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Supreme Court, Appellate Division, Second Department, New York.

The PEOPLE, etc., Respondent, v. Santos TORRES, Appellant.


Decided: November 06, 2019

ALAN D. SCHEINKMAN, P.J., ROBERT J. MILLER, JOSEPH J. MALTESE, HECTOR D. LASALLE, JJ. Laurette D. Mulry, Riverhead, N.Y. (Felice B. Milani of counsel), for appellant. Timothy D. Sini, District Attorney, Riverhead, N.Y. (Grazia DiVincenzo and Marion Tang of counsel), for respondent.


Appeal by the defendant from a judgment of the County Court, Suffolk County (John J. Toomey, J.), rendered November 13, 2017, convicting him of murder in the second degree, upon a jury verdict, and imposing sentence. The appeal brings up for review the denial, after a hearing, of the defendant's motion to suppress his statements to law enforcement officials.

ORDERED that the judgment is affirmed.

We agree with the County Court's determination, which denied, after a Huntley hearing (see People v. Huntley, 15 N.Y.2d 72, 255 N.Y.S.2d 838, 204 N.E.2d 179), the suppression of the defendant's oral and written statements to detectives. The record establishes that the defendant knowingly, voluntarily, and intelligently waived his rights under Miranda v. Arizona, 384 U.S. 436, 86 S.Ct. 1602, 16 L.Ed.2d 694 prior to making his statements (see People v. Capela, 97 A.D.3d 760, 761, 948 N.Y.S.2d 423). While the Spanish-speaking defendant's written statement was transcribed into English by the interviewing detective, the statement was not thereby rendered inadmissible since the detective read it back to the defendant in Spanish before the defendant signed and adopted the statement as his own (see People v. Mora, 57 A.D.3d 571, 868 N.Y.S.2d 722; People v. Fabricio, 307 A.D.2d 882, 883, 763 N.Y.S.2d 619, affd 3 N.Y.3d 402, 787 N.Y.S.2d 219, 820 N.E.2d 863).

The defendant's further contentions regarding the County Court's determination declining to suppress his statements are unpreserved for appellate review (see CPL 470.05[2]) and, in any event, without merit. The defendant's contention that he should have been examined by a doctor prior to the administration of Miranda warnings (see Miranda v. Arizona, 384 U.S. 436, 86 S.Ct. 1602, 16 L.Ed.2d 694) is unavailing. The record demonstrates that the defendant was lucid and coherent during the interview and gave no indication that he would have been unable to comprehend “the immediate import of [the Miranda] warnings” (People v. Williams, 62 N.Y.2d 285, 289, 476 N.Y.S.2d 788, 465 N.E.2d 327; see People v. Capela, 97 A.D.3d at 761, 948 N.Y.S.2d 423). Furthermore, there is no merit to the defendant's contention that his statements should have been suppressed because law enforcement officials failed to electronically record his waiver (see People v. Esquerdo, 71 A.D.3d 1424, 1426, 897 N.Y.S.2d 565).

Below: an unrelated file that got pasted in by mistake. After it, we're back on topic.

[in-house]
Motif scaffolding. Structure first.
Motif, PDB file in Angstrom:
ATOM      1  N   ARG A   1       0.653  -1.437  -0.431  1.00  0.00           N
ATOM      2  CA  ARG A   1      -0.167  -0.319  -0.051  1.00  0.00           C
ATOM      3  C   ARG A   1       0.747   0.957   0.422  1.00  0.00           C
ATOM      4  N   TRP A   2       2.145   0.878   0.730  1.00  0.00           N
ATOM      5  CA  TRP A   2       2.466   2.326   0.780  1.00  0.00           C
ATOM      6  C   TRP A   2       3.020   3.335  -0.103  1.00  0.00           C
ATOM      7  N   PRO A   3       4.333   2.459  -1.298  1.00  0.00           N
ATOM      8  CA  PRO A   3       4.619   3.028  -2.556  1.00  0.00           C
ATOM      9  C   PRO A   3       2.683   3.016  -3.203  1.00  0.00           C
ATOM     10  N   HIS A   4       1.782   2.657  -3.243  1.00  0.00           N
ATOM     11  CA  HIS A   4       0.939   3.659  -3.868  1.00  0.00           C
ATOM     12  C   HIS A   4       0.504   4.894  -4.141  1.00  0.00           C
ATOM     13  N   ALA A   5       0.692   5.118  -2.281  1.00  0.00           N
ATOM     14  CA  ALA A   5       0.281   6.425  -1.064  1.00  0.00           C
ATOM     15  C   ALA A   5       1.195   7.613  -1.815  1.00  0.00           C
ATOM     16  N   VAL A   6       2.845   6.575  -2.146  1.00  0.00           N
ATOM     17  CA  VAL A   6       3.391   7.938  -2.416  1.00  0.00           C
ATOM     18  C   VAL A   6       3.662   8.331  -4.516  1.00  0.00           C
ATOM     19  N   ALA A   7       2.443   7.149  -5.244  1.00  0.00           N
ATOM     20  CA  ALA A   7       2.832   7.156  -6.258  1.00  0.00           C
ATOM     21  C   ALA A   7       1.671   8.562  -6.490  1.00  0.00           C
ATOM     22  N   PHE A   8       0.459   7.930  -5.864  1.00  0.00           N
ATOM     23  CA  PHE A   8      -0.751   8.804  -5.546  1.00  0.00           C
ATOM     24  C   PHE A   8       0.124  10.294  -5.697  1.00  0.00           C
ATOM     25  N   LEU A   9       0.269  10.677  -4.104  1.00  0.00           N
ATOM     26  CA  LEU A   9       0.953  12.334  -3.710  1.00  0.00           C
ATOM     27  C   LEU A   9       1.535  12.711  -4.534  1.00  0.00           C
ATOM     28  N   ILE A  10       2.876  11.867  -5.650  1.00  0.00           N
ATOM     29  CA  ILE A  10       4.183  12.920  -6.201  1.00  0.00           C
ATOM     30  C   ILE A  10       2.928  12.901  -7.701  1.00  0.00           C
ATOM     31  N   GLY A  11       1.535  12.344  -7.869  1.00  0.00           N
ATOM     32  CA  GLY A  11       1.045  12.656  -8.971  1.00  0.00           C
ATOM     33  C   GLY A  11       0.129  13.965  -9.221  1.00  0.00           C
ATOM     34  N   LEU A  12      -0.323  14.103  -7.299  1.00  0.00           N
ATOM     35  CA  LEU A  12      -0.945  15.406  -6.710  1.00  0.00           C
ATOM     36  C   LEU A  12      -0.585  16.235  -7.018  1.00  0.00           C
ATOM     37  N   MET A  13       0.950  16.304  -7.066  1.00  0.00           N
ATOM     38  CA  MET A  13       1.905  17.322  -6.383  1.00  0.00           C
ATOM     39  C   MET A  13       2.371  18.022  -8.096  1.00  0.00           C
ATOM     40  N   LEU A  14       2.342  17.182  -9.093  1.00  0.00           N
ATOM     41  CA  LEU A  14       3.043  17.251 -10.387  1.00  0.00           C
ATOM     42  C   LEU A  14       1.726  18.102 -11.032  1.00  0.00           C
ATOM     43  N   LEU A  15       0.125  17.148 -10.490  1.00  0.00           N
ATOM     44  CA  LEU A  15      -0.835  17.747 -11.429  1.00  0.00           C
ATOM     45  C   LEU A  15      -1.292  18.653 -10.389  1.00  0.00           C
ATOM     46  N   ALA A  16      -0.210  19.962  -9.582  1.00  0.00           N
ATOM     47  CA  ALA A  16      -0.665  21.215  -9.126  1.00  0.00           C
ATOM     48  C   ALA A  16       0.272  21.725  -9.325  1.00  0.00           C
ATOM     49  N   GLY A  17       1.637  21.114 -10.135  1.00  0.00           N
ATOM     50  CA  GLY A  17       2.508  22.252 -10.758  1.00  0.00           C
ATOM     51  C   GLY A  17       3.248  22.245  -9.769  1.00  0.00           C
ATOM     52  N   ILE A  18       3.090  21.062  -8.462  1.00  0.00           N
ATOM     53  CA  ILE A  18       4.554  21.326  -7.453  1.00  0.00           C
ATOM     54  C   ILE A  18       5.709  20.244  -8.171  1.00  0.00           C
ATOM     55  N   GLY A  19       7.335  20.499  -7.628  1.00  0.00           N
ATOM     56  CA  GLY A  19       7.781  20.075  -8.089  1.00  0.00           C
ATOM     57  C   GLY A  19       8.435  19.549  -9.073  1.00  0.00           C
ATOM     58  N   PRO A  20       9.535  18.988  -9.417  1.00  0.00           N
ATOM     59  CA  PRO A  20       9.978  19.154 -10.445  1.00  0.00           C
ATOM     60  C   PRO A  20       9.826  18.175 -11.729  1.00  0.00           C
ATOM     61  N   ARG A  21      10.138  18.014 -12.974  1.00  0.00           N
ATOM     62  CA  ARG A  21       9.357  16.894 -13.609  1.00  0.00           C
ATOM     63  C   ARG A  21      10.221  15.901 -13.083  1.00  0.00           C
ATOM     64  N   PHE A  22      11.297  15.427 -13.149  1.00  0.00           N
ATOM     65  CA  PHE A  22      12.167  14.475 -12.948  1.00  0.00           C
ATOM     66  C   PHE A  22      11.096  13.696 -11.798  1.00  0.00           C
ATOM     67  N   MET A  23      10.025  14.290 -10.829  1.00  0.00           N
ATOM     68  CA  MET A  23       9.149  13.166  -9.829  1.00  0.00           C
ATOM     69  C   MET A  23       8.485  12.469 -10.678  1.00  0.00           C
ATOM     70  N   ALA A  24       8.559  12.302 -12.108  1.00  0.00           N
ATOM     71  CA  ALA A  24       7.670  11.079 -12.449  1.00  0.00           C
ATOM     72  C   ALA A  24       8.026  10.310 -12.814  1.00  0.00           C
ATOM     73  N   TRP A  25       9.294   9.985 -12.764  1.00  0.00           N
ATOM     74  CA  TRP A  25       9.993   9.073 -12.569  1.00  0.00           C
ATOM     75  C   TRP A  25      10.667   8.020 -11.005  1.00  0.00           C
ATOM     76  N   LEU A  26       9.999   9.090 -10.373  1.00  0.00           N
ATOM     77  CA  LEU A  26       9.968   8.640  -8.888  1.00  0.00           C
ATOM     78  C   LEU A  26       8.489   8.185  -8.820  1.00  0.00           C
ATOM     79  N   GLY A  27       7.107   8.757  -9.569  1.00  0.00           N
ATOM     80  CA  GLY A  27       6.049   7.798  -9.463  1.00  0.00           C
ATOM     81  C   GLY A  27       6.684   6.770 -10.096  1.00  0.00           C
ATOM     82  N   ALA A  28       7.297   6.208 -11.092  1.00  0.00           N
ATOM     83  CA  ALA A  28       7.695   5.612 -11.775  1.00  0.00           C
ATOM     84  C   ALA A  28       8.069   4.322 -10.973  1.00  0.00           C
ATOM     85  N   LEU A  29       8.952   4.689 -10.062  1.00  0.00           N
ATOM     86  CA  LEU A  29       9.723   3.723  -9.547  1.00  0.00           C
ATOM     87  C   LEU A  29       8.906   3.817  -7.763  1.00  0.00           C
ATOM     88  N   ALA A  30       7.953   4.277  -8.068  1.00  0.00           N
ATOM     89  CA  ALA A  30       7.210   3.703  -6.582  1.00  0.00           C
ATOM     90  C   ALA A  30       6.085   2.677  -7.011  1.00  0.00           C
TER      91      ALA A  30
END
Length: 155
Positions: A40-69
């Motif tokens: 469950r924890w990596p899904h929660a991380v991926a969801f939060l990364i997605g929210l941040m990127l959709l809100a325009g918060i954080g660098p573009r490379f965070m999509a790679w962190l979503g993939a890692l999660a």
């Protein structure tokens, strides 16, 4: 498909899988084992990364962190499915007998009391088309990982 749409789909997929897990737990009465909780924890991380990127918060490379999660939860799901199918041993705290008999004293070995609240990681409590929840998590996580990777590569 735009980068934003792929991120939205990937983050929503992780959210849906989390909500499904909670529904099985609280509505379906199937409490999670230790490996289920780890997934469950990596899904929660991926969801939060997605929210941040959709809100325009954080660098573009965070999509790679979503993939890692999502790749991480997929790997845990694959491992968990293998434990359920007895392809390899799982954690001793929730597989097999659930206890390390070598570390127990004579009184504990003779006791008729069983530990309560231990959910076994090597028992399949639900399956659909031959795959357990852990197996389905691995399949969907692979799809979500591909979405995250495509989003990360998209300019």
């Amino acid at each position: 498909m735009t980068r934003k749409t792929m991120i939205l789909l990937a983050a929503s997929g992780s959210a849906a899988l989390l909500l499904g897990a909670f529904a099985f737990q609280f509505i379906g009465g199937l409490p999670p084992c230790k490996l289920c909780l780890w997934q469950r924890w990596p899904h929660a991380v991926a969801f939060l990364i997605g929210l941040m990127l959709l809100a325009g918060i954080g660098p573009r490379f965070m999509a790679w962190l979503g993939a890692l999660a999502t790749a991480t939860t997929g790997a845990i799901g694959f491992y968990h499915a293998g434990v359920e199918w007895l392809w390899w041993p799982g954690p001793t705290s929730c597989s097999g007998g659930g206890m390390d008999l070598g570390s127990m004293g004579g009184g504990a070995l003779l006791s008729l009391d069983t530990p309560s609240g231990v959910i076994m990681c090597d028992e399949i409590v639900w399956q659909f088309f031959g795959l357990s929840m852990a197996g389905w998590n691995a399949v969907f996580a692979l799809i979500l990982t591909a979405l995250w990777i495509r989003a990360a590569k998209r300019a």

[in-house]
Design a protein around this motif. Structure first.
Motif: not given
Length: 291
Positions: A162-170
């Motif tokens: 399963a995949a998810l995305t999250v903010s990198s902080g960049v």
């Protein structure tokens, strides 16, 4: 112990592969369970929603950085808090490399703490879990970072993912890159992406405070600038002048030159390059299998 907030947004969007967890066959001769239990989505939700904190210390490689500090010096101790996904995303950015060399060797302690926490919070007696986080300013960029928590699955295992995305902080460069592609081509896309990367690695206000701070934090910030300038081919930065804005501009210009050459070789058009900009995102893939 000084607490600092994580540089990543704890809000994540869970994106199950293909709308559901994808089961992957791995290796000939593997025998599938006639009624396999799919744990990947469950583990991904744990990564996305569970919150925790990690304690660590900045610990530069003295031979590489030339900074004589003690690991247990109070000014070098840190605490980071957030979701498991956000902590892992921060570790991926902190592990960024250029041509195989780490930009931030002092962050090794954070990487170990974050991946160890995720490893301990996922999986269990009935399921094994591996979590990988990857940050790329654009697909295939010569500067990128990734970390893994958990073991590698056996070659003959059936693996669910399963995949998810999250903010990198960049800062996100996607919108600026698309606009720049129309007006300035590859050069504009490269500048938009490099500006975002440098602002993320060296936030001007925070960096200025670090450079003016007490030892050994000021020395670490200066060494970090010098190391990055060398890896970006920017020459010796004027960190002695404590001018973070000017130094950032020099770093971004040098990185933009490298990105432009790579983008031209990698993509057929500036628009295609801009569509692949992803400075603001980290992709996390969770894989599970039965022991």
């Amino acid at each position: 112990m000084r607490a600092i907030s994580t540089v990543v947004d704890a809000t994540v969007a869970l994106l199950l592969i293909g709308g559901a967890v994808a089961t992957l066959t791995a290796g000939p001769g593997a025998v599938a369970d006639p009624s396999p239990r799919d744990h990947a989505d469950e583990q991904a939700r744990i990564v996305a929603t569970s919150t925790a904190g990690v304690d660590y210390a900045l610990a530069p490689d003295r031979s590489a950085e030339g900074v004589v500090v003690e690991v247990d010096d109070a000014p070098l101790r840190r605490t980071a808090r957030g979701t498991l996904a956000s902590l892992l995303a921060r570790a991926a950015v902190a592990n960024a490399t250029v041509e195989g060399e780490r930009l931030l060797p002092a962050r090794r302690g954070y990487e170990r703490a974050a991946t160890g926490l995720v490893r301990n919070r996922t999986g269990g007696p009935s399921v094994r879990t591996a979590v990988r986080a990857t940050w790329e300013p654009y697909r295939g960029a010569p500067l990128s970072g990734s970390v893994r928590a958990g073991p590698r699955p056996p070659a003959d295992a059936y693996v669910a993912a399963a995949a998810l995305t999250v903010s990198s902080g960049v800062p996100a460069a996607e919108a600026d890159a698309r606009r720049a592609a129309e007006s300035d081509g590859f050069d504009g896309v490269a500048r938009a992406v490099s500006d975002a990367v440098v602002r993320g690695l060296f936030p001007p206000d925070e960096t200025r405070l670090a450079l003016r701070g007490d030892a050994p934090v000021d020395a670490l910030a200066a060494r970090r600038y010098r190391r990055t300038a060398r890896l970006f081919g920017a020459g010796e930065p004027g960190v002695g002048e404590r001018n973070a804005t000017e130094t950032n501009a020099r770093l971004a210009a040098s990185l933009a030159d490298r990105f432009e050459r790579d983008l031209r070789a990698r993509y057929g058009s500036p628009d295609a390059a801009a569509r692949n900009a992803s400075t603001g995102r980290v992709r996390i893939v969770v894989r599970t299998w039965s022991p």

Contrary to the defendant's contention, the County Court did not err in failing to charge the jury on manslaughter in the first degree as a lesser included offense of murder in the second degree, based on the affirmative defense of extreme emotional disturbance (see Penal Law § 125.25[1][a]), since the defendant failed to request that charge (see CPL 300.50[2]; People v. Emiliano, 246 A.D.2d 553, 554, 666 N.Y.S.2d 933; People v. Goros, 224 A.D.2d 444, 638 N.Y.S.2d 107). Moreover, under the circumstances of this case, the court was under no obligation to give such a charge, sua sponte, where such instruction would interfere with the defendant's trial strategy (see People v. Hardy, 166 A.D.3d 645, 647, 88 N.Y.S.3d 54).

The defendant's contention that he received ineffective assistance of counsel is without merit. On this record, the defendant failed to demonstrate “the absence of strategic or other legitimate explanations” for counsel's alleged shortcoming (People v. Rivera, 71 N.Y.2d 705, 709, 530 N.Y.S.2d 52, 525 N.E.2d 698; see People v. Caban, 5 N.Y.3d 143, 152, 800 N.Y.S.2d 70, 833 N.E.2d 213).

The defendant's contention that the evidence was legally insufficient to support his conviction of murder in the second degree because the People failed to prove that he acted with intent to kill the victim is unpreserved for appellate review (see CPL 470.05[2]; People v. Hawkins, 11 N.Y.3d 484, 491–492, 872 N.Y.S.2d 395, 900 N.E.2d 946). In any event, viewing the evidence in the light most favorable to the prosecution (see People v. Contes, 60 N.Y.2d 620, 621, 467 N.Y.S.2d 349, 454 N.E.2d 932), we find that it was legally sufficient to establish the defendant's guilt of murder in the second degree beyond a reasonable doubt when considered in light of the County Court's charge as given without exception (see People v. Ford, 11 N.Y.3d 875, 878, 874 N.Y.S.2d 859, 903 N.E.2d 256; People v. Sala, 95 N.Y.2d 254, 260, 716 N.Y.S.2d 361, 739 N.E.2d 727). Moreover, upon the exercise of our factual review power (see CPL 470.15[5]), we are constrained to weigh the evidence in light of the elements of the crime as charged without objection by the defendant (see People v. Johnson, 10 N.Y.3d 875, 860 N.Y.S.2d 762, 890 N.E.2d 877; People v. Danielson, 9 N.Y.3d 342, 349, 849 N.Y.S.2d 480, 880 N.E.2d 1). Having done so, we are satisfied that the verdict was not against the weight of the evidence. The evidence that the defendant struck the victim more than 50 times with a machete was more than sufficient to sustain the verdict of guilt with respect to murder in the second degree (see People v. Romero, 7 N.Y.3d 633, 826 N.Y.S.2d 163, 859 N.E.2d 902).

The sentence imposed was not excessive (see People v. Suitte, 90 A.D.2d 80, 455 N.Y.S.2d 675).


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